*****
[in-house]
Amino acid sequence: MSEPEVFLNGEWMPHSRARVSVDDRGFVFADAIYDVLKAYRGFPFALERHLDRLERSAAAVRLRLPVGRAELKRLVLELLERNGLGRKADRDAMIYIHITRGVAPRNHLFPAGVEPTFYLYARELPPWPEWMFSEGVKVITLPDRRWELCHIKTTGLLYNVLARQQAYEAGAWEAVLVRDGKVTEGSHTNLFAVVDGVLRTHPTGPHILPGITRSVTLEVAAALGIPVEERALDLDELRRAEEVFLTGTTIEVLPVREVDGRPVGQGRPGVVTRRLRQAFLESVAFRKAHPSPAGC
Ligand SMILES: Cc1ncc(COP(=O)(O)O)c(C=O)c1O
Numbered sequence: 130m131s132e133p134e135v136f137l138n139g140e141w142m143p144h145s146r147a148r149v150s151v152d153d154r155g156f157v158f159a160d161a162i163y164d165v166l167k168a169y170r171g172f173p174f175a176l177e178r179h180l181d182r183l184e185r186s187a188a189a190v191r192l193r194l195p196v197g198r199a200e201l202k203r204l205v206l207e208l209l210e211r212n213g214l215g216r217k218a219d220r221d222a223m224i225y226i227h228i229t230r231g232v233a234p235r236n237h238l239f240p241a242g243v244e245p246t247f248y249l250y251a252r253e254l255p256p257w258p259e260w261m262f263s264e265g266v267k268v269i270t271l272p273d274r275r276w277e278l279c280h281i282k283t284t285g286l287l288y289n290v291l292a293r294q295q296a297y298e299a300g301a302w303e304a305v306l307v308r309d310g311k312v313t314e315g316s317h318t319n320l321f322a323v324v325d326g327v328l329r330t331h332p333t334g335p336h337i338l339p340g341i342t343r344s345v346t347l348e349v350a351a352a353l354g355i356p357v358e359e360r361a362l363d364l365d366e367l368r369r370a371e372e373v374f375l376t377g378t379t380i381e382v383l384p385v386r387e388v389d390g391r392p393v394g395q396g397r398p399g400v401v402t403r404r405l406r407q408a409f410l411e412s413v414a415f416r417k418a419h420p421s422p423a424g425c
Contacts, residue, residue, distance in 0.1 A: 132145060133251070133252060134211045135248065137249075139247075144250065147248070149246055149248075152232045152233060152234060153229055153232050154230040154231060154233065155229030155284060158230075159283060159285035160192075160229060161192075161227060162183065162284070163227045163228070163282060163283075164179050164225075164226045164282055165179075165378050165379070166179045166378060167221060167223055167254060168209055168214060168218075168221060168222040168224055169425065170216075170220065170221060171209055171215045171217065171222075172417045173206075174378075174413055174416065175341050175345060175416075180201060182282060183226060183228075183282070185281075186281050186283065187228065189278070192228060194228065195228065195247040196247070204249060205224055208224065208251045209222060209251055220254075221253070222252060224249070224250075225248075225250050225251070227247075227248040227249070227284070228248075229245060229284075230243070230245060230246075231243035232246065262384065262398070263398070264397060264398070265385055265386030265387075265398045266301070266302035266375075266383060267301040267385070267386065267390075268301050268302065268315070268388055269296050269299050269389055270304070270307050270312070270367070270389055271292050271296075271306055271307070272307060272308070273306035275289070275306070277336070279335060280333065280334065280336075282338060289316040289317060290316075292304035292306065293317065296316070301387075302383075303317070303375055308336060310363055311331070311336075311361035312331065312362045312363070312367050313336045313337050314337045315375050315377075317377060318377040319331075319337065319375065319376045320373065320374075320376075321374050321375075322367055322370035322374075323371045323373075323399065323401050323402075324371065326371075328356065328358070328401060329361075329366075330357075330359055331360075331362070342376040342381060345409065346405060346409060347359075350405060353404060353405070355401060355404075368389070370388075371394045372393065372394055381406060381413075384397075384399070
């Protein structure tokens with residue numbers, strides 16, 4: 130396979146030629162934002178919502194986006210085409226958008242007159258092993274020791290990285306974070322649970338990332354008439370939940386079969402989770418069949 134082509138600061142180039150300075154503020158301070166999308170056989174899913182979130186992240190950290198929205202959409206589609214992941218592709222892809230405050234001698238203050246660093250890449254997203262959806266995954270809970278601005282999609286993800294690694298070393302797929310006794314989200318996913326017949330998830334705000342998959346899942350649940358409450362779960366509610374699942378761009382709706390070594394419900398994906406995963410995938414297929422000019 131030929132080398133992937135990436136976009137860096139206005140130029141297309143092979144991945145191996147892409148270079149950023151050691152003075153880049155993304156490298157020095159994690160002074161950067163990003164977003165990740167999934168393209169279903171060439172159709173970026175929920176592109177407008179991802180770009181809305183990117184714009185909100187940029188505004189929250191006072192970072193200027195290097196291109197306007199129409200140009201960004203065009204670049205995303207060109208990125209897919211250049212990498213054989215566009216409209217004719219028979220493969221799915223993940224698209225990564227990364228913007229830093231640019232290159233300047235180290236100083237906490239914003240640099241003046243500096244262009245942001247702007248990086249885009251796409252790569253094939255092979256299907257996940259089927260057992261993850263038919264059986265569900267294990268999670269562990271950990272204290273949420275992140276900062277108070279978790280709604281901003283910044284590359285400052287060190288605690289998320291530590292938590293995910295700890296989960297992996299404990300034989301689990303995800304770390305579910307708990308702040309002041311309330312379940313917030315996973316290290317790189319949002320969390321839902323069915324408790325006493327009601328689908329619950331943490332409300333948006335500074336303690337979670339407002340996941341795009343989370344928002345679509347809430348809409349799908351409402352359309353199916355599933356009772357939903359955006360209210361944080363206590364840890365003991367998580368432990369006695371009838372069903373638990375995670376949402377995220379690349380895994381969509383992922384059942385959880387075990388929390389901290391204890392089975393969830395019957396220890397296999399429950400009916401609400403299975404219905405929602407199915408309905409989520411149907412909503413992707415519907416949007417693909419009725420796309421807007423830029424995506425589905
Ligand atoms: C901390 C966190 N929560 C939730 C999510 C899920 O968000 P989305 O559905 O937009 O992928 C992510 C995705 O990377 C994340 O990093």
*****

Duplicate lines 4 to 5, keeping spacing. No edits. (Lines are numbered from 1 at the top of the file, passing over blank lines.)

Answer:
Numbered sequence: 130m131s132e133p134e135v136f137l138n139g140e141w142m143p144h145s146r147a148r149v150s151v152d153d154r155g156f157v158f159a160d161a162i163y164d165v166l167k168a169y170r171g172f173p174f175a176l177e178r179h180l181d182r183l184e185r186s187a188a189a190v191r192l193r194l195p196v197g198r199a200e201l202k203r204l205v206l207e208l209l210e211r212n213g214l215g216r217k218a219d220r221d222a223m224i225y226i227h228i229t230r231g232v233a234p235r236n237h238l239f240p241a242g243v244e245p246t247f248y249l250y251a252r253e254l255p256p257w258p259e260w261m262f263s264e265g266v267k268v269i270t271l272p273d274r275r276w277e278l279c280h281i282k283t284t285g286l287l288y289n290v291l292a293r294q295q296a297y298e299a300g301a302w303e304a305v306l307v308r309d310g311k312v313t314e315g316s317h318t319n320l321f322a323v324v325d326g327v328l329r330t331h332p333t334g335p336h337i338l339p340g341i342t343r344s345v346t347l348e349v350a351a352a353l354g355i356p357v358e359e360r361a362l363d364l365d366e367l368r369r370a371e372e373v374f375l376t377g378t379t380i381e382v383l384p385v386r387e388v389d390g391r392p393v394g395q396g397r398p399g400v401v402t403r404r405l406r407q408a409f410l411e412s413v414a415f416r417k418a419h420p421s422p423a424g425c
Contacts, residue, residue, distance in 0.1 A: 132145060133251070133252060134211045135248065137249075139247075144250065147248070149246055149248075152232045152233060152234060153229055153232050154230040154231060154233065155229030155284060158230075159283060159285035160192075160229060161192075161227060162183065162284070163227045163228070163282060163283075164179050164225075164226045164282055165179075165378050165379070166179045166378060167221060167223055167254060168209055168214060168218075168221060168222040168224055169425065170216075170220065170221060171209055171215045171217065171222075172417045173206075174378075174413055174416065175341050175345060175416075180201060182282060183226060183228075183282070185281075186281050186283065187228065189278070192228060194228065195228065195247040196247070204249060205224055208224065208251045209222060209251055220254075221253070222252060224249070224250075225248075225250050225251070227247075227248040227249070227284070228248075229245060229284075230243070230245060230246075231243035232246065262384065262398070263398070264397060264398070265385055265386030265387075265398045266301070266302035266375075266383060267301040267385070267386065267390075268301050268302065268315070268388055269296050269299050269389055270304070270307050270312070270367070270389055271292050271296075271306055271307070272307060272308070273306035275289070275306070277336070279335060280333065280334065280336075282338060289316040289317060290316075292304035292306065293317065296316070301387075302383075303317070303375055308336060310363055311331070311336075311361035312331065312362045312363070312367050313336045313337050314337045315375050315377075317377060318377040319331075319337065319375065319376045320373065320374075320376075321374050321375075322367055322370035322374075323371045323373075323399065323401050323402075324371065326371075328356065328358070328401060329361075329366075330357075330359055331360075331362070342376040342381060345409065346405060346409060347359075350405060353404060353405070355401060355404075368389070370388075371394045372393065372394055381406060381413075384397075384399070